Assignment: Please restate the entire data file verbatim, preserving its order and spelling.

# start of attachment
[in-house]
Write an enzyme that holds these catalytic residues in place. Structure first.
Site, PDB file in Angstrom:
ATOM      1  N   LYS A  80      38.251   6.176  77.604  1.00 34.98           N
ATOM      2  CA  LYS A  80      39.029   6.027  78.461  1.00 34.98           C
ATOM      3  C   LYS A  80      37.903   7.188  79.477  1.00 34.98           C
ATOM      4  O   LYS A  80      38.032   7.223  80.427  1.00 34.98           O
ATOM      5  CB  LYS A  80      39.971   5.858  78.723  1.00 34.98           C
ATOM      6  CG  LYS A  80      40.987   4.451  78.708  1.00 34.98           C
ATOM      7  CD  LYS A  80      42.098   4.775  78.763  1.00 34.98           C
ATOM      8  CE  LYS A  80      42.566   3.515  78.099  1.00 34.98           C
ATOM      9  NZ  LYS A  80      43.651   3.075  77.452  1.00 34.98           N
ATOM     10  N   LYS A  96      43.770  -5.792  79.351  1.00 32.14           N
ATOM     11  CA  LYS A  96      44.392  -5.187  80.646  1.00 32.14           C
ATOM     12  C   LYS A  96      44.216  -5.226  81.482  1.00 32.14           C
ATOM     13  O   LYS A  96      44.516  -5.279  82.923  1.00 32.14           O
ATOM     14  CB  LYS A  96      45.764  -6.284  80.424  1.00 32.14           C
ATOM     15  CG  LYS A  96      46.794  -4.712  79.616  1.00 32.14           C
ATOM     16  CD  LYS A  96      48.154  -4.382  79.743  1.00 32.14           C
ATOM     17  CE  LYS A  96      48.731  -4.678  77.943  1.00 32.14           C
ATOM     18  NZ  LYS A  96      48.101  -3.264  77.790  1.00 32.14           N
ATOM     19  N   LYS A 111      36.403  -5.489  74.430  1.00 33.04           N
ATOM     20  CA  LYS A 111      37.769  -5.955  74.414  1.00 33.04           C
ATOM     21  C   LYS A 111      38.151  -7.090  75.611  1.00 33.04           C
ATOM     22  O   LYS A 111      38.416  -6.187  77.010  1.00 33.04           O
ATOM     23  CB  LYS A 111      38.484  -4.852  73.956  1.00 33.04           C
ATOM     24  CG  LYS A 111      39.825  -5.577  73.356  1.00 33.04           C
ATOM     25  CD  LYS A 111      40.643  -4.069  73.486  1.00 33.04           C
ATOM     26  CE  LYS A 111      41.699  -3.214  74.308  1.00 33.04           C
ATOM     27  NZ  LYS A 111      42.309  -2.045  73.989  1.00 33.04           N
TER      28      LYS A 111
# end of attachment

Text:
[in-house]
Write an enzyme that holds these catalytic residues in place. Structure first.
Site, PDB file in Angstrom:
ATOM      1  N   LYS A  80      38.251   6.176  77.604  1.00 34.98           N
ATOM      2  CA  LYS A  80      39.029   6.027  78.461  1.00 34.98           C
ATOM      3  C   LYS A  80      37.903   7.188  79.477  1.00 34.98           C
ATOM      4  O   LYS A  80      38.032   7.223  80.427  1.00 34.98           O
ATOM      5  CB  LYS A  80      39.971   5.858  78.723  1.00 34.98           C
ATOM      6  CG  LYS A  80      40.987   4.451  78.708  1.00 34.98           C
ATOM      7  CD  LYS A  80      42.098   4.775  78.763  1.00 34.98           C
ATOM      8  CE  LYS A  80      42.566   3.515  78.099  1.00 34.98           C
ATOM      9  NZ  LYS A  80      43.651   3.075  77.452  1.00 34.98           N
ATOM     10  N   LYS A  96      43.770  -5.792  79.351  1.00 32.14           N
ATOM     11  CA  LYS A  96      44.392  -5.187  80.646  1.00 32.14           C
ATOM     12  C   LYS A  96      44.216  -5.226  81.482  1.00 32.14           C
ATOM     13  O   LYS A  96      44.516  -5.279  82.923  1.00 32.14           O
ATOM     14  CB  LYS A  96      45.764  -6.284  80.424  1.00 32.14           C
ATOM     15  CG  LYS A  96      46.794  -4.712  79.616  1.00 32.14           C
ATOM     16  CD  LYS A  96      48.154  -4.382  79.743  1.00 32.14           C
ATOM     17  CE  LYS A  96      48.731  -4.678  77.943  1.00 32.14           C
ATOM     18  NZ  LYS A  96      48.101  -3.264  77.790  1.00 32.14           N
ATOM     19  N   LYS A 111      36.403  -5.489  74.430  1.00 33.04           N
ATOM     20  CA  LYS A 111      37.769  -5.955  74.414  1.00 33.04           C
ATOM     21  C   LYS A 111      38.151  -7.090  75.611  1.00 33.04           C
ATOM     22  O   LYS A 111      38.416  -6.187  77.010  1.00 33.04           O
ATOM     23  CB  LYS A 111      38.484  -4.852  73.956  1.00 33.04           C
ATOM     24  CG  LYS A 111      39.825  -5.577  73.356  1.00 33.04           C
ATOM     25  CD  LYS A 111      40.643  -4.069  73.486  1.00 33.04           C
ATOM     26  CE  LYS A 111      41.699  -3.214  74.308  1.00 33.04           C
ATOM     27  NZ  LYS A 111      42.309  -2.045  73.989  1.00 33.04           N
TER      28      LYS A 111